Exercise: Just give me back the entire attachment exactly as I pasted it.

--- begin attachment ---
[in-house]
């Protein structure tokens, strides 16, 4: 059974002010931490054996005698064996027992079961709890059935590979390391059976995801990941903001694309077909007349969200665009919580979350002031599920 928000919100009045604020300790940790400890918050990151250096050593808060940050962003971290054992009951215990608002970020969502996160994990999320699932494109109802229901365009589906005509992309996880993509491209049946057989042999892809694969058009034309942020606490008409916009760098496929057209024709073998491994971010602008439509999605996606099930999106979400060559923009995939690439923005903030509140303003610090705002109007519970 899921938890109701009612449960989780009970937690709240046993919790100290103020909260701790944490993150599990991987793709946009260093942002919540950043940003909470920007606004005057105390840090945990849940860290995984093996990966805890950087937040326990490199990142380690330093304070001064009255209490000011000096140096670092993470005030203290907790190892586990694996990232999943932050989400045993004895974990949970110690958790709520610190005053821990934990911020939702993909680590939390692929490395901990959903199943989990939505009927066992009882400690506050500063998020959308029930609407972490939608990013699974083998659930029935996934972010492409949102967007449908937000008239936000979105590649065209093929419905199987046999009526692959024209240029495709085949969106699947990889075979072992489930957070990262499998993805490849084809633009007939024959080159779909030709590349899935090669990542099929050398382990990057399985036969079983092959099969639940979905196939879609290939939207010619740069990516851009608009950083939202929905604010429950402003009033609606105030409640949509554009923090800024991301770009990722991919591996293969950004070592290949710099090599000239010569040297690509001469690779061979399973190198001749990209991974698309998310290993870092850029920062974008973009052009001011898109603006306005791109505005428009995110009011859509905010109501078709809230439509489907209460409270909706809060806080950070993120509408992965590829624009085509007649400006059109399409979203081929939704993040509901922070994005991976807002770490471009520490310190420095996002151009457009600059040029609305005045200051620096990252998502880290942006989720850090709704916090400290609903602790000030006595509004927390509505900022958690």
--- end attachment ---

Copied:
[in-house]
């Protein structure tokens, strides 16, 4: 059974002010931490054996005698064996027992079961709890059935590979390391059976995801990941903001694309077909007349969200665009919580979350002031599920 928000919100009045604020300790940790400890918050990151250096050593808060940050962003971290054992009951215990608002970020969502996160994990999320699932494109109802229901365009589906005509992309996880993509491209049946057989042999892809694969058009034309942020606490008409916009760098496929057209024709073998491994971010602008439509999605996606099930999106979400060559923009995939690439923005903030509140303003610090705002109007519970 899921938890109701009612449960989780009970937690709240046993919790100290103020909260701790944490993150599990991987793709946009260093942002919540950043940003909470920007606004005057105390840090945990849940860290995984093996990966805890950087937040326990490199990142380690330093304070001064009255209490000011000096140096670092993470005030203290907790190892586990694996990232999943932050989400045993004895974990949970110690958790709520610190005053821990934990911020939702993909680590939390692929490395901990959903199943989990939505009927066992009882400690506050500063998020959308029930609407972490939608990013699974083998659930029935996934972010492409949102967007449908937000008239936000979105590649065209093929419905199987046999009526692959024209240029495709085949969106699947990889075979072992489930957070990262499998993805490849084809633009007939024959080159779909030709590349899935090669990542099929050398382990990057399985036969079983092959099969639940979905196939879609290939939207010619740069990516851009608009950083939202929905604010429950402003009033609606105030409640949509554009923090800024991301770009990722991919591996293969950004070592290949710099090599000239010569040297690509001469690779061979399973190198001749990209991974698309998310290993870092850029920062974008973009052009001011898109603006306005791109505005428009995110009011859509905010109501078709809230439509489907209460409270909706809060806080950070993120509408992965590829624009085509007649400006059109399409979203081929939704993040509901922070994005991976807002770490471009520490310190420095996002151009457009600059040029609305005045200051620096990252998502880290942006989720850090709704916090400290609903602790000030006595509004927390509505900022958690």